Design News is part of the Informa Markets Division of Informa PLC

This site is operated by a business or businesses owned by Informa PLC and all copyright resides with them. Informa PLC's registered office is 5 Howick Place, London SW1P 1WG. Registered in England and Wales. Number 8860726.

Space Archeologists Uncover Past and Project Future

Space Archeologists Uncover Past and Project Future
The accidental discovery of a 1940s radiosonde in New Mexico reveals the obscure study of space archeology.

The recent discovery of a 1940’s weather balloon radiosonde wreckage has promoted interest in the little-known realm of space archeology. To learn more about this interesting topic and heritage, Design News reached out to two well-known experts in the field:  Dr. Beth O'Leary, Anthropology Professor Emeritus at New Mexico State University (NMSU) and, Dr Alice Gorman, Associate Professor, Flinders University, Adelaide SA. What follows is a portion of that interview.

Design News: What is space archeology? What artifacts to you typically seek?

Researcher retrieves instruments from the remains of early V-2 rockets.(Image Source: NASA V2 WSNM)

Beth O'Leary: Archaeology is the study of the relationships between patterns of material culture (e.g., artifacts, sites and features) and patterns of human behavior. We can study material culture at all times and in all places where humans have been.  It can be done on the Earth and off the Earth. My work has focused on the archaeological sites on the Moon, especially Tranquility Base, the Apollo 11 first lunar landing site. As archaeologists in this field, our gaze is mostly focused off Earth, looking into space and on other celestial bodies.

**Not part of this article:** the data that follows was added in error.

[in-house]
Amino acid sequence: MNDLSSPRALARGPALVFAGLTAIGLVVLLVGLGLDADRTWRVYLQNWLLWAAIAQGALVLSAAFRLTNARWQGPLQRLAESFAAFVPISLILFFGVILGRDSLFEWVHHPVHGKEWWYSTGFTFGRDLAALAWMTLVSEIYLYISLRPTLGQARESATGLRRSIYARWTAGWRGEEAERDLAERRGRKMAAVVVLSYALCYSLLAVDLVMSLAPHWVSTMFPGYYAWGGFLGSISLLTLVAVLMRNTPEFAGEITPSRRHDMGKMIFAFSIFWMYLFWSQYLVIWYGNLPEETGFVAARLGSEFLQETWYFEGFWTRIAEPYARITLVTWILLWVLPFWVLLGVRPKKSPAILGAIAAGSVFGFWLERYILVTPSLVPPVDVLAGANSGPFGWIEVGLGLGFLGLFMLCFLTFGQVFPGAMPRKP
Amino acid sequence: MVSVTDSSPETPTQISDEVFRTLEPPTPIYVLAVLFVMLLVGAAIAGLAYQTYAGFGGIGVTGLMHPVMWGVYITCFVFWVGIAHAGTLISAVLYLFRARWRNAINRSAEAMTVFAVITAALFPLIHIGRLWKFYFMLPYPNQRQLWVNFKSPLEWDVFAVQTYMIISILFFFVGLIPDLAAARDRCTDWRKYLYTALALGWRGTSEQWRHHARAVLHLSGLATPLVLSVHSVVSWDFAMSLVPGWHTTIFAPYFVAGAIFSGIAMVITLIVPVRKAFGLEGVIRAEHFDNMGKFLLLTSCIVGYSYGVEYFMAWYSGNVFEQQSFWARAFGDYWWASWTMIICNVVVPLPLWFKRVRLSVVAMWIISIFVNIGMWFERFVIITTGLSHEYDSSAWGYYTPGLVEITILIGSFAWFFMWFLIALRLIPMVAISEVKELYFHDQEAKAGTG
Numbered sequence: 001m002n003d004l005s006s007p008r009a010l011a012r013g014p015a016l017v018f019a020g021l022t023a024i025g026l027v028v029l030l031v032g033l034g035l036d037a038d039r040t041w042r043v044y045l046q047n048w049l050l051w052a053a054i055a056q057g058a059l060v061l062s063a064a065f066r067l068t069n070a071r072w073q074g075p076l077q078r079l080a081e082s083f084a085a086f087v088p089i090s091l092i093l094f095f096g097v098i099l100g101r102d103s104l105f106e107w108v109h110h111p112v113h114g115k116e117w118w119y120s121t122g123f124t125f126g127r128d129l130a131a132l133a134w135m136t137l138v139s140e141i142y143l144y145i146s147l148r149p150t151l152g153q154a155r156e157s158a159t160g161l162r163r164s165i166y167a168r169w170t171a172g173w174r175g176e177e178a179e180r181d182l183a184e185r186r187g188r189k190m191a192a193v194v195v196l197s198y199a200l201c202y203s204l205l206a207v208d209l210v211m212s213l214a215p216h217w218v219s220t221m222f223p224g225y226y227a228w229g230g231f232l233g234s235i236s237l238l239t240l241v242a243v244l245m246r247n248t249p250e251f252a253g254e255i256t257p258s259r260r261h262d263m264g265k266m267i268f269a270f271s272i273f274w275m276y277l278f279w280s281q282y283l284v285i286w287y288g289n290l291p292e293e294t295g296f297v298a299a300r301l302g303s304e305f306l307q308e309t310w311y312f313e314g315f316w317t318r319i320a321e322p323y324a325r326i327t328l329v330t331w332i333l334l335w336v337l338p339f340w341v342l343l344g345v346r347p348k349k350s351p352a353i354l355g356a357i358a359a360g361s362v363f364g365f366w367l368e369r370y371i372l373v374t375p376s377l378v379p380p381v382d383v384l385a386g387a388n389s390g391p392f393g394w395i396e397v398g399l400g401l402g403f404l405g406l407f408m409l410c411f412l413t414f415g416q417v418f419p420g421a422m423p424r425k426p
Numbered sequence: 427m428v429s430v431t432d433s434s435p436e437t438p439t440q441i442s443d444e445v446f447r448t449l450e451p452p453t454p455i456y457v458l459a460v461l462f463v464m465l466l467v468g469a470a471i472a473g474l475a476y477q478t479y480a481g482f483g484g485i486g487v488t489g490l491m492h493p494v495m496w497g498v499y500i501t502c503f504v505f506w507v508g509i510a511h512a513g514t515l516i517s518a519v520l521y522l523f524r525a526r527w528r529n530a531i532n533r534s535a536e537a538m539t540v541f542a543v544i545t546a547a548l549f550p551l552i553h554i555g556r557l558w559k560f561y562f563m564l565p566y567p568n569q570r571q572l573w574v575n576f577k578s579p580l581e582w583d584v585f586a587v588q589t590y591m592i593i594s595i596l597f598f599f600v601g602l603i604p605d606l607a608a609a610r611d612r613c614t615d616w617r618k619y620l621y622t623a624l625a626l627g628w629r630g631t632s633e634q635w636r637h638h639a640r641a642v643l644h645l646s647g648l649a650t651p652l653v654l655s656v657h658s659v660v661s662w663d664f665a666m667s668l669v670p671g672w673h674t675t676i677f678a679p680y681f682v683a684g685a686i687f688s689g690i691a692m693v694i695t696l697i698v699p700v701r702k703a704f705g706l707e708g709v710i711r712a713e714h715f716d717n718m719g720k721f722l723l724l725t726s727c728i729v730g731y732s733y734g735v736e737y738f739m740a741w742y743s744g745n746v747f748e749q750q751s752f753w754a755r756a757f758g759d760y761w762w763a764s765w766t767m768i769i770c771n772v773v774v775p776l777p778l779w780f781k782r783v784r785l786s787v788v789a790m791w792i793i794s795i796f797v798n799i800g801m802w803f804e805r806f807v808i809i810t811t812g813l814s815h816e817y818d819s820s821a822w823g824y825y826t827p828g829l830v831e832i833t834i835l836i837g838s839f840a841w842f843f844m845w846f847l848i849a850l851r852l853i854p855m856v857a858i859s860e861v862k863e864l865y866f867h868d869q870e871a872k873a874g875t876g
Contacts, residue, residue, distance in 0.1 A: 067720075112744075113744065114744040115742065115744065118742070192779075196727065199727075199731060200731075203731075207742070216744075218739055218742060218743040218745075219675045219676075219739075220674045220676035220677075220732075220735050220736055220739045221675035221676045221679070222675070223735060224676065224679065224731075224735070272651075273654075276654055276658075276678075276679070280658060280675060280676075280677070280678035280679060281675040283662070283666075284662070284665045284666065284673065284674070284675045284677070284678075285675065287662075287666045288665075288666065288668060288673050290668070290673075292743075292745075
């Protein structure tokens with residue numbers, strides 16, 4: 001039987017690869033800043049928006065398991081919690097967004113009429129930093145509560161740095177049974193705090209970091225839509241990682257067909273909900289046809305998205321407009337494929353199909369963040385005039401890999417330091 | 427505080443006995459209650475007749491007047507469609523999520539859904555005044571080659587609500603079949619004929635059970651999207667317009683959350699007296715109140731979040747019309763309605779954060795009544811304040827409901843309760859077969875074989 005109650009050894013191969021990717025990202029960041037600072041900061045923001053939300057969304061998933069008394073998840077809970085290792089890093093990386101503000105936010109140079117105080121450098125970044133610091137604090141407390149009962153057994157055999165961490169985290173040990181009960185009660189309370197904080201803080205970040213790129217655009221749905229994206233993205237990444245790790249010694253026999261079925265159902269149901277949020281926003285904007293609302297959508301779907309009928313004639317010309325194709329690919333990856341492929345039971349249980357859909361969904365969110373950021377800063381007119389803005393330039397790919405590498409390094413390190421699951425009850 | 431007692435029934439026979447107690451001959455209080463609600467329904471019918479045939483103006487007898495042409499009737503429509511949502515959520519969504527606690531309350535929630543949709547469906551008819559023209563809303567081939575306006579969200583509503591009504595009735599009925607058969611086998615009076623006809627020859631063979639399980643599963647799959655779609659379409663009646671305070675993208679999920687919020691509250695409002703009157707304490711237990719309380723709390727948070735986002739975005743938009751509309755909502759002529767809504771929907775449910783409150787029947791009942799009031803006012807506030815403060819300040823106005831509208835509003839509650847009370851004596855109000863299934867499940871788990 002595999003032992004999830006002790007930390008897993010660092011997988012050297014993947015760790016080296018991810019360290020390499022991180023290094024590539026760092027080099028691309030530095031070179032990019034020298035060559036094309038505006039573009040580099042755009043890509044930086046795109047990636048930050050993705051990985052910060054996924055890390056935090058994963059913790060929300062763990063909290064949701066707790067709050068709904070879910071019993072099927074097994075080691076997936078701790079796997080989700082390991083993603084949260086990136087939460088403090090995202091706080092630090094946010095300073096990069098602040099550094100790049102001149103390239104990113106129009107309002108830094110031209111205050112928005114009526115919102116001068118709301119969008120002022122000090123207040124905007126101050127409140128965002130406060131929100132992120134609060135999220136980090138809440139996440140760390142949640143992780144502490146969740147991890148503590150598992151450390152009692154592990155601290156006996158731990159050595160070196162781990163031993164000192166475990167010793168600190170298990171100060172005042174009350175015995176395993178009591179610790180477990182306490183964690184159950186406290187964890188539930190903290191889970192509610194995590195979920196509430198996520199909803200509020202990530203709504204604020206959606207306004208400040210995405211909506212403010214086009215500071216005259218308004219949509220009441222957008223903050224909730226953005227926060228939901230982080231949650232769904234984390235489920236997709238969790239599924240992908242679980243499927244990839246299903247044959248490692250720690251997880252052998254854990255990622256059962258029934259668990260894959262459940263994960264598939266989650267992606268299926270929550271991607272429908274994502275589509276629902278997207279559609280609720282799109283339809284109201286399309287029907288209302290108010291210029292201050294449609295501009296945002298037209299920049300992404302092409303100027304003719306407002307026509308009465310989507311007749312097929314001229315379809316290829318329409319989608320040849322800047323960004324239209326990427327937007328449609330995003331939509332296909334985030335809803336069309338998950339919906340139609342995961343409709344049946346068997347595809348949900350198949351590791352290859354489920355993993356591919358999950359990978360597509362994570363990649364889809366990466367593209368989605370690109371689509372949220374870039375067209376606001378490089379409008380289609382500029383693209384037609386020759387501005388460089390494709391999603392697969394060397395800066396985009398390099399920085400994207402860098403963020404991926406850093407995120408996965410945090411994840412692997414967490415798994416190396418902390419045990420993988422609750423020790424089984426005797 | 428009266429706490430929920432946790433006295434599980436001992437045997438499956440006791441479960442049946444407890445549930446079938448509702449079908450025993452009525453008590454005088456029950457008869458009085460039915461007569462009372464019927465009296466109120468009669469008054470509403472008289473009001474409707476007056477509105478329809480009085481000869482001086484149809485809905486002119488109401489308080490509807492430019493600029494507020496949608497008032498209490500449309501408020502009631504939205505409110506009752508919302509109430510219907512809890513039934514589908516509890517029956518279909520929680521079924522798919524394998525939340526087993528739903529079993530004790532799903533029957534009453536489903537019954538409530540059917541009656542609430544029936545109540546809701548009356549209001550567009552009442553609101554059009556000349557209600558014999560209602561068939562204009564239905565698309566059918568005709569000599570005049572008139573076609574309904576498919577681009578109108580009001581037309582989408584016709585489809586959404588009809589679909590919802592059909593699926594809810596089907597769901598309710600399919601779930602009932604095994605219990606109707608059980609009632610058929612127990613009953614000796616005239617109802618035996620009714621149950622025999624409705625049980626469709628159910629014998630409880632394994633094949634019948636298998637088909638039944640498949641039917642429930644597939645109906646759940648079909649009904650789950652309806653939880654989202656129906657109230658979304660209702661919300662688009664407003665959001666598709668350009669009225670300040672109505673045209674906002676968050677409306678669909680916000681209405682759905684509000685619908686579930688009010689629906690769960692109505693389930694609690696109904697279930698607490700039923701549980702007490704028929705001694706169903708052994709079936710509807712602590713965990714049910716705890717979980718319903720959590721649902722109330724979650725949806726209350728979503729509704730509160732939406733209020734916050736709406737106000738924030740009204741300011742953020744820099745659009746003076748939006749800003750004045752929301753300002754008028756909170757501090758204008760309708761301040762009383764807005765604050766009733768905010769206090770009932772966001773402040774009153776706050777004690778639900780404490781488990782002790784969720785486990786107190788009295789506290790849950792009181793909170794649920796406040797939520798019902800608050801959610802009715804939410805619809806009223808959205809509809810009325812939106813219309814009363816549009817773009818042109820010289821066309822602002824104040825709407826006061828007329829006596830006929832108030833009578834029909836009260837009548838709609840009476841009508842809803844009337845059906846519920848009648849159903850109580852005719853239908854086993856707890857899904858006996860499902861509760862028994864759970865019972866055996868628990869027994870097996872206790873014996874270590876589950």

Space Archaeology is the study of material cultural that includes all the material culture in the aerospace and aeronautical realms that relate to the development and support of exoatmospheric realms. It is a huge cultural landscape of materials which are on Earth or have originated there and are now off Earth.  Examples can be Voyager 1, now in interstellar space; Vanguard a satellite predicted to be in Earth orbit for another 600 years; and Launch Complex 33 at  White Sands Missile Range. So it is a huge range or assemblage of mostly technological components including the radiosonde that was found in Cloudcroft.

Alice Gorman: Space archaeologists are interested in all material culture relating to space exploration. Everything in space at the moment - until there is spacecraft made and launched off-Earth - is connected to places on Earth, like launch sites, tracking antennas, research and test facilities. So, there is an enormous amount to be learnt by studying space sites and artifacts on Earth.

Tranquility Base archaeological map. (Image Source: New Mexico State Univ., Beth O'Leary)

Design News: What do you hope to learn from the past? How does it help us in the present and future, say, with renewed interest via the recent SpaceX launch from American soil and the funding of the Space Force?